Marriage is one of the seven Sacraments of the Armenian Orthodox Church.

Couples are asked to contact the Church Office several months prior to the date of a wedding to confirm the availability of the Pastor and Church.  Both parties must be baptized Christians and at least one must be a confirmed member of the Armenian Apostolic Orthodox Church.  It is the responsibility of the couple to present a valid license to the Pastor prior to the service.

All members of the wedding party must also be Christian, including the Brother-in-the-Cross (Khatchnyekhpayr), who must also be a member of the Armenian Orthodox Church.

Invitation of other participating clergy must first be discussed with the Pastor who, upon approval, shall make all arrangements of invitation for such through his office.

In preparation of their new life together, the couple is asked to receive Holy Communion (usually one-week prior to the wedding ceremony).

Weddings rehearsals must also be arranged with the Pastor, and all members who are to participate in the ceremony are asked to be present.

Photographs and/or video recordings may be taken at anytime during the service. The bridal couple should instruct the photographers to speak with the Pastor prior to the service for instruction.

Weddings may not take place on the following Sunday mornings and five major feast days:

  • During Great Lent or Holy Week.
  • Ephiphany
  • Easter
  • Transfiguration
  • Assumption of Mary
  • Exaltation of the Holy Cross

The purpose of each part of the marriage ceremony is to emphasize the relationship of oneness of the couple to each other and to the Church.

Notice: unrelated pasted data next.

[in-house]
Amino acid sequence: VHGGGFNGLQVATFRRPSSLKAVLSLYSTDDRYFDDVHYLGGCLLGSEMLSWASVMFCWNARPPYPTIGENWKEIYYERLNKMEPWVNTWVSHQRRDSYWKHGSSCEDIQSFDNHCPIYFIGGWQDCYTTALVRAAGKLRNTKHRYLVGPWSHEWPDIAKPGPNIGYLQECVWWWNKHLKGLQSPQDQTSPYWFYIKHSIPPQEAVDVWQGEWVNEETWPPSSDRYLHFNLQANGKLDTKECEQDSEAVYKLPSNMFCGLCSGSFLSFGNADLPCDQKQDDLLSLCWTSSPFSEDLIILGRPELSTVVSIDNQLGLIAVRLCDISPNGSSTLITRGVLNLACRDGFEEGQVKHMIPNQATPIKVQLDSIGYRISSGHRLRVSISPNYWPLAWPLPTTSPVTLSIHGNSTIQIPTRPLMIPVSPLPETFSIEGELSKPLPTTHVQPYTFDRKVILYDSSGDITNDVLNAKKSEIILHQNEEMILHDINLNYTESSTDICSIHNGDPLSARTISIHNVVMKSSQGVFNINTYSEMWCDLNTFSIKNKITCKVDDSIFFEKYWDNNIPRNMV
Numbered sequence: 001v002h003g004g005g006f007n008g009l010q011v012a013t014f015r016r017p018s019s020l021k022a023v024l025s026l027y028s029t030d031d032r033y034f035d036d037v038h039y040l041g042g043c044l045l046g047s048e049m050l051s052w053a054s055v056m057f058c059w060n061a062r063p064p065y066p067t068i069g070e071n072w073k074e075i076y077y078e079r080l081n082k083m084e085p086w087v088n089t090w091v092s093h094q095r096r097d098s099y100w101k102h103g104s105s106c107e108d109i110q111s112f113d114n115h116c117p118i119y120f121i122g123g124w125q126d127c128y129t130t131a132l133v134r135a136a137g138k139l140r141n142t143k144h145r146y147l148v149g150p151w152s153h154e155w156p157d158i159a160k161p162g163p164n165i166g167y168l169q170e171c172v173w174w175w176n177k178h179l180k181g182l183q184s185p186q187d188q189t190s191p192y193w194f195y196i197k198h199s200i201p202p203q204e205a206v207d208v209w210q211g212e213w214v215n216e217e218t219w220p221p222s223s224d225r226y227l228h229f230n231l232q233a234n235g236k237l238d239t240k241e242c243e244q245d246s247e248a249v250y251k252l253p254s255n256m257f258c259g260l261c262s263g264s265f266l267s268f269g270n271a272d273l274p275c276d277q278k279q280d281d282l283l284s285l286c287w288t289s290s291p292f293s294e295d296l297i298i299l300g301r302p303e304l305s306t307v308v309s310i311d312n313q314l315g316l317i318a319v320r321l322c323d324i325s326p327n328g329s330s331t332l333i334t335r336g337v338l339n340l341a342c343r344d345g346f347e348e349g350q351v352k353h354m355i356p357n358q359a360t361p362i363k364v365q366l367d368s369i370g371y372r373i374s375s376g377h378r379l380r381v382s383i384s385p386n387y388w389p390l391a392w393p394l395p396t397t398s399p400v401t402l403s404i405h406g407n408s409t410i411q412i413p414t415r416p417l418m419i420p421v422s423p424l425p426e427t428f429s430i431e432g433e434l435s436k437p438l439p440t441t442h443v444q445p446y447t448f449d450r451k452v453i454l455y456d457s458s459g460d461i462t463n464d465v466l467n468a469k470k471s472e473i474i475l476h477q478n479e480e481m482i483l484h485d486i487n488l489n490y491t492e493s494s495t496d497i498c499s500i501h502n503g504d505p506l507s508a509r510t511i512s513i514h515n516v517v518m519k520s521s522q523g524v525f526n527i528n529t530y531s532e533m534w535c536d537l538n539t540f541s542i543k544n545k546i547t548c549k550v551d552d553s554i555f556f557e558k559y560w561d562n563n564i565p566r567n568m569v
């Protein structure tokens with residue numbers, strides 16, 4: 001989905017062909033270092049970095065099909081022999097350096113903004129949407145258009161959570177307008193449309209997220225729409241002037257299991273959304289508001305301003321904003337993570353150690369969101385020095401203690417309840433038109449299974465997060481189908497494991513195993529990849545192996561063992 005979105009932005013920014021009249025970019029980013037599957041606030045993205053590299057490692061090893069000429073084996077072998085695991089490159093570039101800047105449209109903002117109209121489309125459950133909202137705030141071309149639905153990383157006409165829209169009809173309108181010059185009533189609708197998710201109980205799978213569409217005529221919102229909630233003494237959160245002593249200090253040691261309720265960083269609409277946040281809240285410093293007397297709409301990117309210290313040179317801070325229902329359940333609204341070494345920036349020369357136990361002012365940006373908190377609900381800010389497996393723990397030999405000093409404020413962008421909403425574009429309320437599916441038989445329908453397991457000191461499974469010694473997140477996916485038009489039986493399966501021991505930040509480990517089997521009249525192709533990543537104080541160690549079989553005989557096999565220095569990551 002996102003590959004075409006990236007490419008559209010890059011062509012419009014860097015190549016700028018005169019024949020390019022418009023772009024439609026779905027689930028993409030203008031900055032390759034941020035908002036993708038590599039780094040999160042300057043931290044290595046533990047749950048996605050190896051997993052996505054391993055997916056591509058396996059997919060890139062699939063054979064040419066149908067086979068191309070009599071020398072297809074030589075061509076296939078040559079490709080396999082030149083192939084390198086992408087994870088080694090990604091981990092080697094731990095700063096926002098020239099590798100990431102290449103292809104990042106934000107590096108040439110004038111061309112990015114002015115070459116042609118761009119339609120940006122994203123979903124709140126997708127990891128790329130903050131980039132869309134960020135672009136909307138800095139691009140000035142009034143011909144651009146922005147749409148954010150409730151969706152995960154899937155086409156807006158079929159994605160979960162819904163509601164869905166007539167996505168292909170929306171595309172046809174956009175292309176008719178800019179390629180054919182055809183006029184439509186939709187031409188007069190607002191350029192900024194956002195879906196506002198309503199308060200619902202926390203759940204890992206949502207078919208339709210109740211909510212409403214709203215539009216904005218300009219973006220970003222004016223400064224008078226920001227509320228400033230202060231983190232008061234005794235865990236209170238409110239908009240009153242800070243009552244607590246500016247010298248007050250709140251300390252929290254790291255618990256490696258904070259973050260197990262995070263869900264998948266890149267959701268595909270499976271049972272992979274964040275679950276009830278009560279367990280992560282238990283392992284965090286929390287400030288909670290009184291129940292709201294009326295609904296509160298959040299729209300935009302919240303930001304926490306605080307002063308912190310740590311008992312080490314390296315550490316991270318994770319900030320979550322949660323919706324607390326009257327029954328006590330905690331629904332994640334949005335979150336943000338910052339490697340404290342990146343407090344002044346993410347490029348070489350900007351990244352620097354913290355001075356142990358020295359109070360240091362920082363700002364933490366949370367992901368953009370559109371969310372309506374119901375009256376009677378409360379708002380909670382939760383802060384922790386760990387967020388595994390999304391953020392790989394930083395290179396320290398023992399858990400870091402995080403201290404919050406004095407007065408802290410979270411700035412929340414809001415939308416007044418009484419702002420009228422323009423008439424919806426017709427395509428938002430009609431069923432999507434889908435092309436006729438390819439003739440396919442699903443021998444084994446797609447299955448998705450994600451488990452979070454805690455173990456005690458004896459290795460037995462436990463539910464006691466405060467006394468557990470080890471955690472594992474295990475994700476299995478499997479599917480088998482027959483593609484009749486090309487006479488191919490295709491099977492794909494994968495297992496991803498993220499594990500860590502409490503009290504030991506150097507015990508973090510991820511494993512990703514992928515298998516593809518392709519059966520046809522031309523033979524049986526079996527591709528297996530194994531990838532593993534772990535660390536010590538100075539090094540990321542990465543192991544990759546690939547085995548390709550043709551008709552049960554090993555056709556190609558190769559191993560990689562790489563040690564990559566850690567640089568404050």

The wedding ceremony consists of the following actions:

The Blessing of Rings
The ring has been a symbol of faithfulness from the earliest of biblical times, both of God to man and of man to his bond of marriage.  The circle is the shape symbolizing eternity.  It represents the love and faithfulness of bridegroom and bride to each other.  Often, the Blessing of the Rings takes place during the Engagement celebration of the couple to be wed.

The Joining of the Right Hands
The Priest joins the right hand of the bride to the right hand of the bridegroom, recalling the oneness of Adam and Eve. He places his hand over theirs symbolizing the sanctifying blessing of their union.

The Vows
The bridegroom and bride are asked to respond three times to the inquiry of the priest. They each state their willingness to assume their proper roles as husband and wife in the context of St. Paul’s Letter to the Ephesians.

The Reading from Holy Scripture
The Scripture readings include the most revealing sections of the New Testament relative to marriage. The important point made by St. Paul in the Epistle to the Ephesians is that of the union of Christ with the Church, His Body, as the model of the relationship between husband and wife.  Following the Epistle is the Gospel reading from St. Matthew (19:3-9) that speaks of a man joining together with his wife and the two shall become one, giving further elucidation on the bond of union that is to exist.

The Crowning
The weddings chaplets placed upon the bridegroom and the bride are of Biblical origin. The crowns are the sign of the glory and honor with which God crowns the bride and the groom during the Sacrament. They are crowned as the king and queen of their own kingdom, the home.

The Common Cup
Wine is a gift of God to man. By presenting the blessed wine to the couple, the Church wishes that their life be full of happiness. The drinking of wine from the common cup serves to impress upon the couple that from that moment on they will share in the joys and difficulties of life together.

The Final Blessing
After the singing of the “Lord’s Prayer”, the newly married couple receives the blessing of the Church, sending them into the world to now live as husband and wife, king and queen of their kingdom and family.